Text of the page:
1. Network schedule techniques allow critical activities of work to be identified. Various critical paths are visible, and those impacted by delay can be easily recognized. Float time—including float time that expires as project conditions change—can also be identified.
  2. Network schedule techniques provide a basis for isolating the planned performance time of each party involved in a project.
  3. TIA provides a means for proving certain work was delayed, as well as isolating and quantifying delay periods.
  4. When impacts or delays occur, TIA can assist in determining corrective action.
  5. TIA aids in creating and preserving evidence of plans, delays, impacts, and actual performance.

In the next installment[5] of this four-part series, this author explores the project manager’s role in document and contract management.

Project managers manage projects, while program managers manage a portfolio of projects. Programs also usually span a far greater duration than projects. These might seem like arbitrary differences, but managing a program involves long-term strategic planning not required with a project. The ongoing nature of programs also means they require continuous process improvement, and program managers are often responsible for delivering results tied to the organization’s financial calendar, as budget planning, management, and control is significantly more complex in this context.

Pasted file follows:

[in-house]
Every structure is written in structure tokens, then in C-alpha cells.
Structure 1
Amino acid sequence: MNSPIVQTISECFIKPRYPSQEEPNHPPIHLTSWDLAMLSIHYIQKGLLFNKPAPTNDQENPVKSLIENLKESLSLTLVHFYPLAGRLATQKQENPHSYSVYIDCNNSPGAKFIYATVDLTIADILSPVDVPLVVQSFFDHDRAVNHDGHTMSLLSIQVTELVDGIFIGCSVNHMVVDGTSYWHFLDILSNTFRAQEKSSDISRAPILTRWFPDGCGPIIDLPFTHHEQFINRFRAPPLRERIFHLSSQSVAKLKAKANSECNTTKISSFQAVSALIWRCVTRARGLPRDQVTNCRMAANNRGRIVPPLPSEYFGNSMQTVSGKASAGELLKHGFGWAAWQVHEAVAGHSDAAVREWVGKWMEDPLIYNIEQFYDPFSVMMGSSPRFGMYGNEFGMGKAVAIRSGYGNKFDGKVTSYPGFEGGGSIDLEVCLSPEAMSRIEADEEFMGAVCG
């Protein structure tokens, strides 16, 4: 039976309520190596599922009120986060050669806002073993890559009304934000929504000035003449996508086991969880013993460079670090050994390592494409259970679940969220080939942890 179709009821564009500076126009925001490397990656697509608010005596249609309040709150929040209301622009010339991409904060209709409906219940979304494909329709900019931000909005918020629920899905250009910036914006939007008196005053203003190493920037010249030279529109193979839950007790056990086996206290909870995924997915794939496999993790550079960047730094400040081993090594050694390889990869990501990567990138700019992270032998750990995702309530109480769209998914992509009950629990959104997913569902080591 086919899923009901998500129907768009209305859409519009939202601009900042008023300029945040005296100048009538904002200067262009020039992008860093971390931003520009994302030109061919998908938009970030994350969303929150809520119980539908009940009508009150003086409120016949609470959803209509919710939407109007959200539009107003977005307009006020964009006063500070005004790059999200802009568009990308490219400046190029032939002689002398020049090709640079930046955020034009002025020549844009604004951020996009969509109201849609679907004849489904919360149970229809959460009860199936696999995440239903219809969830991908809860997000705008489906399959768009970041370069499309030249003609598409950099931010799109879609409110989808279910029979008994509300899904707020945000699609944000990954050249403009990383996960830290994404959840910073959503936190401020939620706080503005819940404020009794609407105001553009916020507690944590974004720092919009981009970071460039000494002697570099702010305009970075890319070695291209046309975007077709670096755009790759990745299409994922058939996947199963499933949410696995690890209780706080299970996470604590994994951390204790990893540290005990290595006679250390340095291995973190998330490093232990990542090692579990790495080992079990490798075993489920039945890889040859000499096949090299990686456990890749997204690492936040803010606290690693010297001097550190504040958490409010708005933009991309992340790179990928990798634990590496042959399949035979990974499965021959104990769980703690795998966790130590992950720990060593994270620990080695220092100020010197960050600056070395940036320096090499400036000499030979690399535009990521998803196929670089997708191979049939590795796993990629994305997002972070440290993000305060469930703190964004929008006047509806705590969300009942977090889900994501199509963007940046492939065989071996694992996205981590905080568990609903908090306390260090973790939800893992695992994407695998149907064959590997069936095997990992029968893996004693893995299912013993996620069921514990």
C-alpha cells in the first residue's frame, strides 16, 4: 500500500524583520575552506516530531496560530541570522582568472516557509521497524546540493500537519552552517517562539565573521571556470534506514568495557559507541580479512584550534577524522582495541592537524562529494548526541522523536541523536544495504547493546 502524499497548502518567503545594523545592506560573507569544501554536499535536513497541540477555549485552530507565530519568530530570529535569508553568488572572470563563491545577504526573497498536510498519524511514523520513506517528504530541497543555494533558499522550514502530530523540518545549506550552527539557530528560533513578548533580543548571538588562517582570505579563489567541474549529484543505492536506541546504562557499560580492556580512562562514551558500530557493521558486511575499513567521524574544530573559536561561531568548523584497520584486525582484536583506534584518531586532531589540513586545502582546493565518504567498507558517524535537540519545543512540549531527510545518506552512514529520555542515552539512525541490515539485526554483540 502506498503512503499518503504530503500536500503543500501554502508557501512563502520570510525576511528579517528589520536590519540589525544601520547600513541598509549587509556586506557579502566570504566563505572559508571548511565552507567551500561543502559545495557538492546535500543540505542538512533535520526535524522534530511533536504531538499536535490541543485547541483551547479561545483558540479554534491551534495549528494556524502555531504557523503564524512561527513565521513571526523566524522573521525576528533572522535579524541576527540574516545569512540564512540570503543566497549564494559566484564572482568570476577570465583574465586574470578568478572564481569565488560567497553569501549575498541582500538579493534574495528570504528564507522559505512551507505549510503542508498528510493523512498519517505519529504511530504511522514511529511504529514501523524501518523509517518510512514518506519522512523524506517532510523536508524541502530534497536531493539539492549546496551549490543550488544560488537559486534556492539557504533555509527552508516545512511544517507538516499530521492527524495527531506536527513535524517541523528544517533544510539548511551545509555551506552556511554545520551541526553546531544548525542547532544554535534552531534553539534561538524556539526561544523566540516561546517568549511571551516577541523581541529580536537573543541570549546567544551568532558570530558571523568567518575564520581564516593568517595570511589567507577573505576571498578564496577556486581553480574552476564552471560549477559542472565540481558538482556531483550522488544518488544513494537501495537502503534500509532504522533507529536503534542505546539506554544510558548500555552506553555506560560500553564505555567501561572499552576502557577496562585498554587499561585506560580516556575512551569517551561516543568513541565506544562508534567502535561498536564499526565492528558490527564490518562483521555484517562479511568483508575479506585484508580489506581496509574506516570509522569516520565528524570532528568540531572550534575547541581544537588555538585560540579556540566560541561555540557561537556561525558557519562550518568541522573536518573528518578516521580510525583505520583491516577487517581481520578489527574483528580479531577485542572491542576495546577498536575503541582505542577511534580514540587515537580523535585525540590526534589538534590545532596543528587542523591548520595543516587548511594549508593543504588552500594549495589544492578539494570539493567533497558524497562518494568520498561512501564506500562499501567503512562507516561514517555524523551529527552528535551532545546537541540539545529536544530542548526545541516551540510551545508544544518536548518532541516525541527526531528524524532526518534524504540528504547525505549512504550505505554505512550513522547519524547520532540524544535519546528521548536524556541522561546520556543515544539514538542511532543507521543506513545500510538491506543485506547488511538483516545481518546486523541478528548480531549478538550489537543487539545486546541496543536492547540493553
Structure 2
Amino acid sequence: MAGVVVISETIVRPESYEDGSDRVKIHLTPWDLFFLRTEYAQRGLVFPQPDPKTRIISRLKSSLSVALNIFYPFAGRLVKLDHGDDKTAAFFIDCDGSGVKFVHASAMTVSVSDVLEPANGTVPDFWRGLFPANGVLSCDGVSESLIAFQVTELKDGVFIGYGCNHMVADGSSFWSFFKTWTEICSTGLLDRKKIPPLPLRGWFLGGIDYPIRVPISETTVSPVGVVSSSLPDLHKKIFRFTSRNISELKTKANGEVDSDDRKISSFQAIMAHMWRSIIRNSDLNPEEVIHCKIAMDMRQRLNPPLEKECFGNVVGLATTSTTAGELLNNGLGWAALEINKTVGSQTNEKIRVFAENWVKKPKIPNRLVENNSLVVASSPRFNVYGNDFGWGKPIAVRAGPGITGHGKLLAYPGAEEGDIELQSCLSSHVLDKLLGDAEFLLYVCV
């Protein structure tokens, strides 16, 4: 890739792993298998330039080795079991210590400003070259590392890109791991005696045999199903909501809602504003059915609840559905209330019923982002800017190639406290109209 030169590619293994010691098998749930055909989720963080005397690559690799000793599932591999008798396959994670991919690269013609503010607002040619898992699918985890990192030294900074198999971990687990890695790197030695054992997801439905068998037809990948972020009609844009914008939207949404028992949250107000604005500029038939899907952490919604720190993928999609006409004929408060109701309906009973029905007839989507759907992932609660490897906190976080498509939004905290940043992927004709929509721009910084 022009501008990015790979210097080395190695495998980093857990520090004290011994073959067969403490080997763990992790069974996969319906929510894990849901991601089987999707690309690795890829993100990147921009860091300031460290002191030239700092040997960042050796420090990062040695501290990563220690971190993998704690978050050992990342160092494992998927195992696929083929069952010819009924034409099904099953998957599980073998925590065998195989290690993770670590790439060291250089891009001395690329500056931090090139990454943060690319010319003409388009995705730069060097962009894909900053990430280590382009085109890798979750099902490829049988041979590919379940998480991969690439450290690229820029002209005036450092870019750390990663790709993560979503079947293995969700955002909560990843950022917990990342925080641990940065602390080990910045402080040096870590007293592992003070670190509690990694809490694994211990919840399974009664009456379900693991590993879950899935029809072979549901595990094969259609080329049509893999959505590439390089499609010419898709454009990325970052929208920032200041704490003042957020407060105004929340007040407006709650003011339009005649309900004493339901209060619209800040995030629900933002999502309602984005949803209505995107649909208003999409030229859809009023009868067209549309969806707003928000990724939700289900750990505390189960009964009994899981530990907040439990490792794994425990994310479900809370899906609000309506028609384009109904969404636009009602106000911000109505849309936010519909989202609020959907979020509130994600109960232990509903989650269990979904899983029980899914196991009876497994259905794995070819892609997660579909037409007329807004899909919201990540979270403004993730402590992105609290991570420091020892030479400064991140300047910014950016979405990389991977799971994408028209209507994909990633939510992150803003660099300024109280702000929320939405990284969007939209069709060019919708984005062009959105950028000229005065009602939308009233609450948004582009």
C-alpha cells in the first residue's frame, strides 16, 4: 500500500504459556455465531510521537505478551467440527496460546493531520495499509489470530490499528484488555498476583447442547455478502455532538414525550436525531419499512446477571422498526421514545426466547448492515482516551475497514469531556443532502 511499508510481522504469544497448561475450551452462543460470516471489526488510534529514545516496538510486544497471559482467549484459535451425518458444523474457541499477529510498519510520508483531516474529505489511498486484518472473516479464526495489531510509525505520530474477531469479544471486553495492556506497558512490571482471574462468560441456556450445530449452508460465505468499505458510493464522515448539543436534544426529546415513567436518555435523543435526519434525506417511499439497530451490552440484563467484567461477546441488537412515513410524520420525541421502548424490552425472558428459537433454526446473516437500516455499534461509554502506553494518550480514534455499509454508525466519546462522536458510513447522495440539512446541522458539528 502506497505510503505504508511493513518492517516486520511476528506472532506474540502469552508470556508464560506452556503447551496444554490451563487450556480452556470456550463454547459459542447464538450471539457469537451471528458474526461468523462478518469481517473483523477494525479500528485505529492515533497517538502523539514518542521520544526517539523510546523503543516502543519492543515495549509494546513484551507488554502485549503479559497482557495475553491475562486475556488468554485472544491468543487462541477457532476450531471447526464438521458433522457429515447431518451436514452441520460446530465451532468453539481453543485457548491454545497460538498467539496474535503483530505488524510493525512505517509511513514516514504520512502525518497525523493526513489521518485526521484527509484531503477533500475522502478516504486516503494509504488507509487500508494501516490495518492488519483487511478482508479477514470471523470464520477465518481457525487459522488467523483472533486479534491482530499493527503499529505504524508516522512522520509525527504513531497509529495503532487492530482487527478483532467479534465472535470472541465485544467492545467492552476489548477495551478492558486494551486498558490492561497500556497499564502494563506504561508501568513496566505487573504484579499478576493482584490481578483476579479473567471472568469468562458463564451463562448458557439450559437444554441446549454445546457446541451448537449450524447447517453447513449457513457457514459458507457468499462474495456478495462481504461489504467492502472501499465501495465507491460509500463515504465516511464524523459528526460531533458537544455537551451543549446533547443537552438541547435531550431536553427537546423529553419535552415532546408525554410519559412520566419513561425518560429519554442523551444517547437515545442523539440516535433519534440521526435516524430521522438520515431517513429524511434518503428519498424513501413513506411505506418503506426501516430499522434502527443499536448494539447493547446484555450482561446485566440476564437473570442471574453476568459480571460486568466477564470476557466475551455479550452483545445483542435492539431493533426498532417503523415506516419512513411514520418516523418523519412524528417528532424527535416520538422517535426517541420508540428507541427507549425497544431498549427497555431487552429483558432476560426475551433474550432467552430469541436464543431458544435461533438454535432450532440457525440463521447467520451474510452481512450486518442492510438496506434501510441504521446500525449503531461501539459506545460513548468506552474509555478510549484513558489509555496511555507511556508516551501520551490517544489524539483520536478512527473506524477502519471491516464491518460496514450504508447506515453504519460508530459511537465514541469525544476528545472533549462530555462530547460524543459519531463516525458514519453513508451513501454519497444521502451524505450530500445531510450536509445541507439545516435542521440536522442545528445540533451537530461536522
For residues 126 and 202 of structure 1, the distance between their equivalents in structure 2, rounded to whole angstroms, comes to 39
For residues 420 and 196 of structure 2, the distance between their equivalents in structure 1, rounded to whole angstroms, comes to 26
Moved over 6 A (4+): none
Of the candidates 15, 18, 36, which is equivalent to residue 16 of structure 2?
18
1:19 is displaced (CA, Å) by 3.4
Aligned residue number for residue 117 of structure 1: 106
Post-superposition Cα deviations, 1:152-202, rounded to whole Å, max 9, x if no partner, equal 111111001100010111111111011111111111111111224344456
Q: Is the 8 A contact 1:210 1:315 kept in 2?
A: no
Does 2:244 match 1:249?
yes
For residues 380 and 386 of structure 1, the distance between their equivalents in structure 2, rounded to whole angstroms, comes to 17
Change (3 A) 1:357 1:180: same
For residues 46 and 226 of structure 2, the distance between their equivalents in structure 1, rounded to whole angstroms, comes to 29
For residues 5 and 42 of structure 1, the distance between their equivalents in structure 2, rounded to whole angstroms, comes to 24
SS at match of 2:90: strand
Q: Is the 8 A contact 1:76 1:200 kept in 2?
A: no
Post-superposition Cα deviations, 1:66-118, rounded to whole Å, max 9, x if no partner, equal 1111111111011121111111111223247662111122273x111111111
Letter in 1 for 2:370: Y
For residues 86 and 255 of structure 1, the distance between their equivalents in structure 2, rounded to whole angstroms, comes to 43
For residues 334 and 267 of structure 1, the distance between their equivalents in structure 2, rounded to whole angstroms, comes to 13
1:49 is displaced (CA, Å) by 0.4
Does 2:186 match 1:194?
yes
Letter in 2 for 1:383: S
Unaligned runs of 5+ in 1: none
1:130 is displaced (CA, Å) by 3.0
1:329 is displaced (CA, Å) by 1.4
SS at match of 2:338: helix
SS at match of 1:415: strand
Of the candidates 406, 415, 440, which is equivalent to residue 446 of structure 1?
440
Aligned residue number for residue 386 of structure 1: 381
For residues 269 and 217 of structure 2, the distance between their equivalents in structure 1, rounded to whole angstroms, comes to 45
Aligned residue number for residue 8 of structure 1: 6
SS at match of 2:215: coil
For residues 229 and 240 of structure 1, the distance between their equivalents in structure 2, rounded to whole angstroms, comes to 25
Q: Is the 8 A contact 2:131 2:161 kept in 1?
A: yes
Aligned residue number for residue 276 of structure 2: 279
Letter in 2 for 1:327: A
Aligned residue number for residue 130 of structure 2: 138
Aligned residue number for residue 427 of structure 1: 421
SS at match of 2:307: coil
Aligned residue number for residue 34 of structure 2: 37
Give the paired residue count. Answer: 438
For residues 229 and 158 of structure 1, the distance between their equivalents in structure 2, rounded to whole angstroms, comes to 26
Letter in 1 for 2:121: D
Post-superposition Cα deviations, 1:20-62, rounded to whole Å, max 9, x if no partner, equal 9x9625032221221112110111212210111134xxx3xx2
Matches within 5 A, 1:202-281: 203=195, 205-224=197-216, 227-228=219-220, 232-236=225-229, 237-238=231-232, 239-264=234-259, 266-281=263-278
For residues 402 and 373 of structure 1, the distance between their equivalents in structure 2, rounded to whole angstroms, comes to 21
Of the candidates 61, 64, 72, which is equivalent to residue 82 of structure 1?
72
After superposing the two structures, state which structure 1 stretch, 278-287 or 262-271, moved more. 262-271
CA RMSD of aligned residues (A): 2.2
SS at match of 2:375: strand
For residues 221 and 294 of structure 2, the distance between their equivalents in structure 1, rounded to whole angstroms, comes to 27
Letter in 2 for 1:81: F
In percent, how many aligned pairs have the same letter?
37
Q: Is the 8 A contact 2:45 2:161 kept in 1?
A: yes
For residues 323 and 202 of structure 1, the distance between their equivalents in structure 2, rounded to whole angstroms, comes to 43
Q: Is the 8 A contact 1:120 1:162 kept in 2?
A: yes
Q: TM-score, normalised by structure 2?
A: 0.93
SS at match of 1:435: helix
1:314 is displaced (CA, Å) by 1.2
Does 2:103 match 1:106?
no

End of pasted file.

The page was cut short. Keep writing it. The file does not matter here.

Additionally, programs are typically governed by a senior board providing direction, oversight, and control—program managers must have influence at this level. They must facilitate resolution of disagreements between executives, and ensure the governance board provides achievable objectives. Projects have a similar structure, but are less governance-intensive, and typically have a more straightforward budget.

Finally, program change management is an executive leadership capability. Projects employ a formal change management process, but program change is more difficult to manage, as this is driven by an organization’s strategy. Programs are subject to market conditions and changing business goals. All project managers must know the strategies and ‘game plan’ of the program manager in order to protect their position.

[6]Norman F. Jacobs, Jr. formed Jacobs Consultant Services in 1981 to provide a variety of construction services including cost management, schedule control assistance, project management, and claims preparation and negotiation. Prior to this, Jacobs provided design-build, construction management, and general contracting services for over 30 years, in a variety of capacities ranging from estimator to president and board member. He has chaired Virginia’s Associated General Contractors (AGC) Documents Committee, has presented seminars on construction legal subjects with the Virginia Bar Legal Committee, and is a past president of the CSI Richmond Chapter. Jacobs can be reached via e-mail at[7].